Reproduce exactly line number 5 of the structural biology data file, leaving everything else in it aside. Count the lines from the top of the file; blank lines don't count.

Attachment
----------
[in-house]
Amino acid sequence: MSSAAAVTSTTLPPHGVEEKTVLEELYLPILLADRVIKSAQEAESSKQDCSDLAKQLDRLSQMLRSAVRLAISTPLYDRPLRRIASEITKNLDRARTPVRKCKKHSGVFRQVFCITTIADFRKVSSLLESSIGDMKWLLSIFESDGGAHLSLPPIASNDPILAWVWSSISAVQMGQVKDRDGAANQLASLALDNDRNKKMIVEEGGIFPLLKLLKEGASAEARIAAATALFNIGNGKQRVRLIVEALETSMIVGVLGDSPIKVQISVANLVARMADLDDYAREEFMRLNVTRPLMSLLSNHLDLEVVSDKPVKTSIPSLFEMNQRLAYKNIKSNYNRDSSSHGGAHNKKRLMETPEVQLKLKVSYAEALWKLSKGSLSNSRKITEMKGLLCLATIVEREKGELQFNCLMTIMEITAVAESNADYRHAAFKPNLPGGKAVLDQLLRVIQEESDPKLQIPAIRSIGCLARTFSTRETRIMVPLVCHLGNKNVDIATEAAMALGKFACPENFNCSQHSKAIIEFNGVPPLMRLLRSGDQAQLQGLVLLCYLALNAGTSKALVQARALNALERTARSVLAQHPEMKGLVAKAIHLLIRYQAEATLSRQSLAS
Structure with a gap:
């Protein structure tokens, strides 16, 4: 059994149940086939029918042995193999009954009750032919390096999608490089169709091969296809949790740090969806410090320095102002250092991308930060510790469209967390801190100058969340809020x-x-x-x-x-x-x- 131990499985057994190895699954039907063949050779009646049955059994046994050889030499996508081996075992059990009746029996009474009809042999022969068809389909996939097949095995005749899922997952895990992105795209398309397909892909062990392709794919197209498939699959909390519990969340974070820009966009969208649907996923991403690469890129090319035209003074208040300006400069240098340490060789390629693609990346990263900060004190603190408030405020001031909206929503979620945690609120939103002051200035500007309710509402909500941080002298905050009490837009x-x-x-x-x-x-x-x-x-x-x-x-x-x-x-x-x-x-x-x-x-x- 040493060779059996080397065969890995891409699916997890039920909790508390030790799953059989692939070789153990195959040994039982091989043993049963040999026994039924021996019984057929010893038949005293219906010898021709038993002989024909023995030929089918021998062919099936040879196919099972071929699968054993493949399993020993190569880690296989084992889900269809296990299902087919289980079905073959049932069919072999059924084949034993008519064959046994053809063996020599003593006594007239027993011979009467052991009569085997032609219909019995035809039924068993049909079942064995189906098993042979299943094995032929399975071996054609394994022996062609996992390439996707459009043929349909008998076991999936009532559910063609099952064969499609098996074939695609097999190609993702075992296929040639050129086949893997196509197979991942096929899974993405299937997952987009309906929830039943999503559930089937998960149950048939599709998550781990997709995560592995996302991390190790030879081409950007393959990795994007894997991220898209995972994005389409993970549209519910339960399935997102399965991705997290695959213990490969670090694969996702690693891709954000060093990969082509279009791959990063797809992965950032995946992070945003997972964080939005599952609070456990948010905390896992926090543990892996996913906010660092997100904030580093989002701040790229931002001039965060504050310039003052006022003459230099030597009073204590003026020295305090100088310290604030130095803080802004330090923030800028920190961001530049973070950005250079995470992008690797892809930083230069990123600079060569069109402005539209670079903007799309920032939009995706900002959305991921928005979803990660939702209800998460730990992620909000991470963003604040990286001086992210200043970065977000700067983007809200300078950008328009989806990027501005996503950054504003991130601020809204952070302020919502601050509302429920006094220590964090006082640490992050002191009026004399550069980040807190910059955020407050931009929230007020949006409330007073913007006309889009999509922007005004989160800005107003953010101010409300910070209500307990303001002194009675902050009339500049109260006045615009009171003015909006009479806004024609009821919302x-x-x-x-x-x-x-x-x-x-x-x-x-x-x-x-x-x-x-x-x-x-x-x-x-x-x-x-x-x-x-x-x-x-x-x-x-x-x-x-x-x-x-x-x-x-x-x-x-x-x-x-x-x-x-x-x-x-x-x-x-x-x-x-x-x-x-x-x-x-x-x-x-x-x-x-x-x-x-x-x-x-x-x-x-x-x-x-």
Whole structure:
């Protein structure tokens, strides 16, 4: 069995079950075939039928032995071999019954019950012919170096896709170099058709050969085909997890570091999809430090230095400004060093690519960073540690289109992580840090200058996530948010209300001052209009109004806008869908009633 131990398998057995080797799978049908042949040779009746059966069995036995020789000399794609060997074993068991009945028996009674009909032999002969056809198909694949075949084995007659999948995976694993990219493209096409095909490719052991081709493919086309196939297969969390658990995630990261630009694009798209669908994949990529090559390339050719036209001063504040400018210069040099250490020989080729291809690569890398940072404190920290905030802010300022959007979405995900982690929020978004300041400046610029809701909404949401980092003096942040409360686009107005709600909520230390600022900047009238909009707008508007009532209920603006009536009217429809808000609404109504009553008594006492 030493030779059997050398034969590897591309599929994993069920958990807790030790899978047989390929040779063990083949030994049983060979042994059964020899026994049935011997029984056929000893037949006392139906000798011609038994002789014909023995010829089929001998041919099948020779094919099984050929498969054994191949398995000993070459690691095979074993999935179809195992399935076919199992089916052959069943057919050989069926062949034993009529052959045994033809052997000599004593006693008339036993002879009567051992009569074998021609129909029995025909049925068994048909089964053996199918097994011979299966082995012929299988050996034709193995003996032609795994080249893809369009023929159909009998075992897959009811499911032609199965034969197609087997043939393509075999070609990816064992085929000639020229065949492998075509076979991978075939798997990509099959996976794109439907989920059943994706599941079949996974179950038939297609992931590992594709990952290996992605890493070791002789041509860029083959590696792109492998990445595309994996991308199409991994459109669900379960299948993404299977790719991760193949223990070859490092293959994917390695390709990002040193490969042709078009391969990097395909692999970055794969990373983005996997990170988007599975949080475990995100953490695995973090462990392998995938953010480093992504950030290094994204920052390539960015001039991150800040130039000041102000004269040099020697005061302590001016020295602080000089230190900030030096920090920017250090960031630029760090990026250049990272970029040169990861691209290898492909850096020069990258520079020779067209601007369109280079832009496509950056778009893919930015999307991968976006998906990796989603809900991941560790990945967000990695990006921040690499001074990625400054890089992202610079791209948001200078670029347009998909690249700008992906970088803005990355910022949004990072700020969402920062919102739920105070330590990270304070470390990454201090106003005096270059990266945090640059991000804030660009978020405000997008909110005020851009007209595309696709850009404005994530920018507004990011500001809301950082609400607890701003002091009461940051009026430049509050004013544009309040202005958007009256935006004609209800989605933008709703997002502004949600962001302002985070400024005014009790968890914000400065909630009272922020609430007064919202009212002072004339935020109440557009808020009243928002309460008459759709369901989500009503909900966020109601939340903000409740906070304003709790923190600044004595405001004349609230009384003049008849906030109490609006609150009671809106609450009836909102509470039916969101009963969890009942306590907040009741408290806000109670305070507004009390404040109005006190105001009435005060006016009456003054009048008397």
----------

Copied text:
Whole structure: